Here are the latest updates:
- Home Secretary vows to cut immigration levels
- ...and claims mass immigration is bad for Britain
- She also said she would overhaul the asylum process
- Theresa May wants to change the definition of 'refugee'
- Boris Johnson's makes triumphant last speech as Mayor
- Cameron accuses Corbyn of failing to understand Isis
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Ms May's remarks, which were sent out ahead of her delivery later on Tuesday, was sparking intense debate on social media.
Nigel Farage said the Home Secretary had admitted that "open door mass immigration has had a negative impact" and said the only solution was for Britain to leave the European Union.
"Tories have clearly failed on their “tens of thousands” net migration pledge," the Ukip leader wrote on Twitter.
Meanwhile, Labour's Diane Abbott accused Ms May of getting "down in the gutter with Ukip" to chase votes for her leadership bid.
In a speech at the Conservative Party conference in Manchester, she will say the “desire for a better life is perfectly understandable”. She will add: “There are millions of people in poorer countries who would love to live in Britain, and there is a limit to the amount of immigration any country can and should take.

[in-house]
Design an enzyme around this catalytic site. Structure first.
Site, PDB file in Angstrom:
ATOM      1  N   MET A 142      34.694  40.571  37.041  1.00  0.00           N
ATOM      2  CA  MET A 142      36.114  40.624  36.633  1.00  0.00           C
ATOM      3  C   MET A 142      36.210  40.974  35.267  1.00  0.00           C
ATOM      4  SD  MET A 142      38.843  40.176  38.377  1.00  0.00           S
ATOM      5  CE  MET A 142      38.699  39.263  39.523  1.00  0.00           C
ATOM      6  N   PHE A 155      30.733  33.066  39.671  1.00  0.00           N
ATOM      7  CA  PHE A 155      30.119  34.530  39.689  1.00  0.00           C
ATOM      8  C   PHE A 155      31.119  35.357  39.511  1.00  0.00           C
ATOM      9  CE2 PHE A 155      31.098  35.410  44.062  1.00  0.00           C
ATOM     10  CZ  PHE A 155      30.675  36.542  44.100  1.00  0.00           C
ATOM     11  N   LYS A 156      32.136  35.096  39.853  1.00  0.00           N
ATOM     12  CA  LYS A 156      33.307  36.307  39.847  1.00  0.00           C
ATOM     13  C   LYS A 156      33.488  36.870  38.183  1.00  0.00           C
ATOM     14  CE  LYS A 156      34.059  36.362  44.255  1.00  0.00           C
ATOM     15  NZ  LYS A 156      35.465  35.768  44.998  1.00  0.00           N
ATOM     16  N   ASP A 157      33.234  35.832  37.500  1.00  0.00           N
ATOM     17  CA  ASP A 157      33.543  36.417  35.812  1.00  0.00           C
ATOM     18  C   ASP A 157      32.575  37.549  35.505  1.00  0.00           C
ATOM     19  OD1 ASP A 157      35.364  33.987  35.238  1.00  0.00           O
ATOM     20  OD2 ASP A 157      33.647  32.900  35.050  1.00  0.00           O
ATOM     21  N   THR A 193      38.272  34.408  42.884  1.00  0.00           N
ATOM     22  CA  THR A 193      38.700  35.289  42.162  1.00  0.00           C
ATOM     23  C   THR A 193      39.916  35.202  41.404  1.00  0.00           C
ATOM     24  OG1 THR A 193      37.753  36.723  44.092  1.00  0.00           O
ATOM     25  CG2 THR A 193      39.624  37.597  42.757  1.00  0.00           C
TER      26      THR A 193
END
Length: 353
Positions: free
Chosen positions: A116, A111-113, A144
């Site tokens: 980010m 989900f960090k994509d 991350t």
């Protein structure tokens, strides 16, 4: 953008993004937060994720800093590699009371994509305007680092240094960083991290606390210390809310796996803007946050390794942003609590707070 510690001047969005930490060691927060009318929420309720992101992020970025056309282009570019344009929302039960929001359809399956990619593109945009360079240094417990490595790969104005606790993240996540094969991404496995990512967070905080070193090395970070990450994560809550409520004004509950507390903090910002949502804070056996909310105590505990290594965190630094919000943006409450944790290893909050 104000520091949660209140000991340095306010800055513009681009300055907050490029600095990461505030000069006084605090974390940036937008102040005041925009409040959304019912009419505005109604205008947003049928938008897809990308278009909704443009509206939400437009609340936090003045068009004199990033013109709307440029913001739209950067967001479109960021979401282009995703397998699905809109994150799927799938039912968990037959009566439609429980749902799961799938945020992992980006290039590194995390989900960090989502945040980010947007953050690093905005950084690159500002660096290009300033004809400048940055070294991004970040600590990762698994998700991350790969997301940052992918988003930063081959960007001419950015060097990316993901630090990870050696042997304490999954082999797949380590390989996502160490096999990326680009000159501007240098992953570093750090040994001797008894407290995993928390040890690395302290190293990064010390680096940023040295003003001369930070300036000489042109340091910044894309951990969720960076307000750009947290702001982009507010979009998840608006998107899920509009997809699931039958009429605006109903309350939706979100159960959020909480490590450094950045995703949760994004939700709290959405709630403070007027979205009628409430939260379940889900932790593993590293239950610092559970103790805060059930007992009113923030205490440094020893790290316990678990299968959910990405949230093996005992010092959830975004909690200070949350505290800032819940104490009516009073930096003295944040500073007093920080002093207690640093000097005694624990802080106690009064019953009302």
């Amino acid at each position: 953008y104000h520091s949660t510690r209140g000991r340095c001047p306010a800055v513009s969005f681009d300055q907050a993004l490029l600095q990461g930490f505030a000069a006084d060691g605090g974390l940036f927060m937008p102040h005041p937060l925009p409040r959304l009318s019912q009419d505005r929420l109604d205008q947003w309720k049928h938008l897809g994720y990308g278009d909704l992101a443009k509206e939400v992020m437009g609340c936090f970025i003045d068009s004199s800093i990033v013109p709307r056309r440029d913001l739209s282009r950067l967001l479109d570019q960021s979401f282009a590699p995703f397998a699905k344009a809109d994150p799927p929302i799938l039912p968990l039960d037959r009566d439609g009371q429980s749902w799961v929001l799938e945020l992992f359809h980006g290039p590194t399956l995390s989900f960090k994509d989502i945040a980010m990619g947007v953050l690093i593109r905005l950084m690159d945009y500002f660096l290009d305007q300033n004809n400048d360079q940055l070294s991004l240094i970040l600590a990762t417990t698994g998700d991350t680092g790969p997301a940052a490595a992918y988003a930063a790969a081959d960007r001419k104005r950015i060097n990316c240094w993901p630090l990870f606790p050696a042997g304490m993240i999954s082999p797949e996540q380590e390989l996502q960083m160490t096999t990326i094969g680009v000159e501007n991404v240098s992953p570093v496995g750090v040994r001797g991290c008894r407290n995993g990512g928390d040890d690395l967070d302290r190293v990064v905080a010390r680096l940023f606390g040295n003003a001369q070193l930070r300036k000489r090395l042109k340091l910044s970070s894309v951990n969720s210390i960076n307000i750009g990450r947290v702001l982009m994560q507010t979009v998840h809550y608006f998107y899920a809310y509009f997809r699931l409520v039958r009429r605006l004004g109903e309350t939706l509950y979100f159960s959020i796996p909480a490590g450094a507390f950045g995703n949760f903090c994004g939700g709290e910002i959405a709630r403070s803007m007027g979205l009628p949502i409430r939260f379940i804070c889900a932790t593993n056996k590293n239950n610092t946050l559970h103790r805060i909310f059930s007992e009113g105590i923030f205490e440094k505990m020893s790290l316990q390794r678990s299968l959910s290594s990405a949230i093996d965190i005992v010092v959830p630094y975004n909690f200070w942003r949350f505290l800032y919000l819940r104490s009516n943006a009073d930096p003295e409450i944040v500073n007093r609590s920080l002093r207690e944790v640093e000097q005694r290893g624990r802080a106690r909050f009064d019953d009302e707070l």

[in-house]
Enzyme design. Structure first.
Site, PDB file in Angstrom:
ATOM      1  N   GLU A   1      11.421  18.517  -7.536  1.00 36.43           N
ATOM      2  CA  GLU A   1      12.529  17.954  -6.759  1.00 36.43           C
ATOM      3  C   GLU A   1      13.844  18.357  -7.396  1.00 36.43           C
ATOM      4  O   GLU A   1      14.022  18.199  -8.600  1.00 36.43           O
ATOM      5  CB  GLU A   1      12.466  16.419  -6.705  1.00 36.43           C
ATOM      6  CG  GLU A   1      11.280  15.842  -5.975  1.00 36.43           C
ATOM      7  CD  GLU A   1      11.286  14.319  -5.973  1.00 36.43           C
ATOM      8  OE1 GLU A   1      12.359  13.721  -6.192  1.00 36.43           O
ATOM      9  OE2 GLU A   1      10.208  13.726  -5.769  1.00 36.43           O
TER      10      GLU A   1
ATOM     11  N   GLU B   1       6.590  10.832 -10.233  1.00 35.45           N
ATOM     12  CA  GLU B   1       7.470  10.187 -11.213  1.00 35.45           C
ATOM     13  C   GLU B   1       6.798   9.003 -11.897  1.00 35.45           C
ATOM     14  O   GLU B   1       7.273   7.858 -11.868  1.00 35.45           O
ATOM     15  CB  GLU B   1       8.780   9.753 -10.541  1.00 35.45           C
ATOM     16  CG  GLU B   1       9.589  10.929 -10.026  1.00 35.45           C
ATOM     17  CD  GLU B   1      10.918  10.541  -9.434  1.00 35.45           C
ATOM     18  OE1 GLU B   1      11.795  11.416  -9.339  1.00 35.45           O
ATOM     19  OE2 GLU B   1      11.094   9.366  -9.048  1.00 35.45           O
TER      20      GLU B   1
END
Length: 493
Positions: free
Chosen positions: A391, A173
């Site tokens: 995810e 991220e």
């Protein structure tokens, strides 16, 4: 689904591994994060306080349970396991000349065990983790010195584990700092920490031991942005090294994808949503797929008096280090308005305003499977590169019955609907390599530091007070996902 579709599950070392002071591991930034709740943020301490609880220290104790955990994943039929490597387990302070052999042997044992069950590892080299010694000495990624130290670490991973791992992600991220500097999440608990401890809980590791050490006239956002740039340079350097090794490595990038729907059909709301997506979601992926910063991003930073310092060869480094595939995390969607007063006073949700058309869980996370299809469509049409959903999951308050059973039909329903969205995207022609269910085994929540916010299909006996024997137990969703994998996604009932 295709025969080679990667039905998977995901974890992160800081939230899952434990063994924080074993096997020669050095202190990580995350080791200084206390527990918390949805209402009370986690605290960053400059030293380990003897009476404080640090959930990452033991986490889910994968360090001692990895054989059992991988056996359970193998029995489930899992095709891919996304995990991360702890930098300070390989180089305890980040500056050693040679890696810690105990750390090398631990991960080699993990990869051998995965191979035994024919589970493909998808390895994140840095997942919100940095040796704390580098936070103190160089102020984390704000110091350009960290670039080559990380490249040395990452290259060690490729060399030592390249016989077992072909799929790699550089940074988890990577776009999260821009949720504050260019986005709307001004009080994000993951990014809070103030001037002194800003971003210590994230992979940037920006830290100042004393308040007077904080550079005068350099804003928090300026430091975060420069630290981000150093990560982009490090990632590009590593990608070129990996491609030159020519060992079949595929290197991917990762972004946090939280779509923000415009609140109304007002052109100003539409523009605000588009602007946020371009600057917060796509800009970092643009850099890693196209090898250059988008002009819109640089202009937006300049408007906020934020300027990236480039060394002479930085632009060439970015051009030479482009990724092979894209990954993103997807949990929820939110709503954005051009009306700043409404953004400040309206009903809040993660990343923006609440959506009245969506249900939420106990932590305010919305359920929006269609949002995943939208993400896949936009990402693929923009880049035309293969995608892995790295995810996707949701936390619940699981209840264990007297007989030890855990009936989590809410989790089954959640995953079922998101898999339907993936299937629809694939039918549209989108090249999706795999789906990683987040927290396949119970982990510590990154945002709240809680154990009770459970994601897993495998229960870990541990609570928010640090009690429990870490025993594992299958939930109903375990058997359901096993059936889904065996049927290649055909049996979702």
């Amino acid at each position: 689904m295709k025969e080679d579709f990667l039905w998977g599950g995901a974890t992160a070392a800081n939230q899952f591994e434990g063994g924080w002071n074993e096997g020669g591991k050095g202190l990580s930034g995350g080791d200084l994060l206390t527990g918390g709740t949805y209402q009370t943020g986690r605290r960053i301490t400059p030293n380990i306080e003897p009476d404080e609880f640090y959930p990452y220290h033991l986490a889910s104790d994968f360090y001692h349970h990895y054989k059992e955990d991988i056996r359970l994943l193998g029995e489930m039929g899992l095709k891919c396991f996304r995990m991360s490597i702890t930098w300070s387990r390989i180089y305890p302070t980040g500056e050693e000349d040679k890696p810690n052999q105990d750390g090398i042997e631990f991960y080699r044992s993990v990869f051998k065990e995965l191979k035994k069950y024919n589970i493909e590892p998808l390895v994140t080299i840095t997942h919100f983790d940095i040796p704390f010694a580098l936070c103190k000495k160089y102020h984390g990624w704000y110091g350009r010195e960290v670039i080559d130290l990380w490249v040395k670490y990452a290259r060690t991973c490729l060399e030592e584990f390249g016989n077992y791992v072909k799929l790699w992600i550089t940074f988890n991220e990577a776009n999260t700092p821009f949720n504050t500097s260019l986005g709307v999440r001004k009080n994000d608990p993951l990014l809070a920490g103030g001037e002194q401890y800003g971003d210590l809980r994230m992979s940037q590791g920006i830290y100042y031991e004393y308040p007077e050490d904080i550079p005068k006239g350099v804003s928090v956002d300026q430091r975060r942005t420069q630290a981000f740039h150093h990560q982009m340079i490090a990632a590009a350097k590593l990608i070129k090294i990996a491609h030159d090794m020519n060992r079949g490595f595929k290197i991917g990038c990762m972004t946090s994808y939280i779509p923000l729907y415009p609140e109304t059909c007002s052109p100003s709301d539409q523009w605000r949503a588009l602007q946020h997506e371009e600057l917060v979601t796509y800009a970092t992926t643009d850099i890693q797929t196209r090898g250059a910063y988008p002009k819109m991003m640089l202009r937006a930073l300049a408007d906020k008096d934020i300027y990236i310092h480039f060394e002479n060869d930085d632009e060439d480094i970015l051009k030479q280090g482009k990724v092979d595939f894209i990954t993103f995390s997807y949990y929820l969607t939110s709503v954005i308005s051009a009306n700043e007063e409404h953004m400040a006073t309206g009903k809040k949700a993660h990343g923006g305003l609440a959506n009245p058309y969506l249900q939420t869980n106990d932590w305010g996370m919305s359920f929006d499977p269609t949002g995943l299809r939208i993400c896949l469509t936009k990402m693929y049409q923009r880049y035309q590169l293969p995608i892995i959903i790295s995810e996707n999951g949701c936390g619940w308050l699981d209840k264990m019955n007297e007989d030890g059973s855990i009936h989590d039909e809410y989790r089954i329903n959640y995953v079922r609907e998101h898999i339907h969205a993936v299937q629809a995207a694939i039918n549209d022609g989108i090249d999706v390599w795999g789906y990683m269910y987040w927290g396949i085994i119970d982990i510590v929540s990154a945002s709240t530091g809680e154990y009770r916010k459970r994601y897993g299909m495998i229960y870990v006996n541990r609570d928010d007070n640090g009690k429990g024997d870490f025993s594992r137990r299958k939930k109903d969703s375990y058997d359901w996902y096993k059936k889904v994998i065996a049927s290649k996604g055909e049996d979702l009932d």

“While we must fulfil our moral duty to help people in desperate need, we must also have an immigration system that allows us to control who comes to our country.
“Because when immigration is too high, when the pace of change is too fast, it's impossible to build a cohesive society. It's difficult for schools and hospitals and core infrastructure like housing and transport to cope. And we know that for people in low-paid jobs, wages are forced down even further while some people are forced out of work altogether.
“But even if we could manage all the consequences of mass immigration, Britain does not need net migration in the hundreds of thousands every year.”
Meanwhile, Boris Johnson will warn the Tory leadership to protect the lowest paid as it reforms welfare amid growing calls for Chancellor George Osborne to rethink cuts to tax credits.
But David Cameron has defended the cuts, insisting they are part of an overall package that “help make work pay” and claiming that some families will be £2,400 better off under the reforms.
Mr Johnson will appear alongside Zac Goldsmith, the Conservative candidate to replace him in City Hall at May's mayoral elections.
Additional reporting by PA
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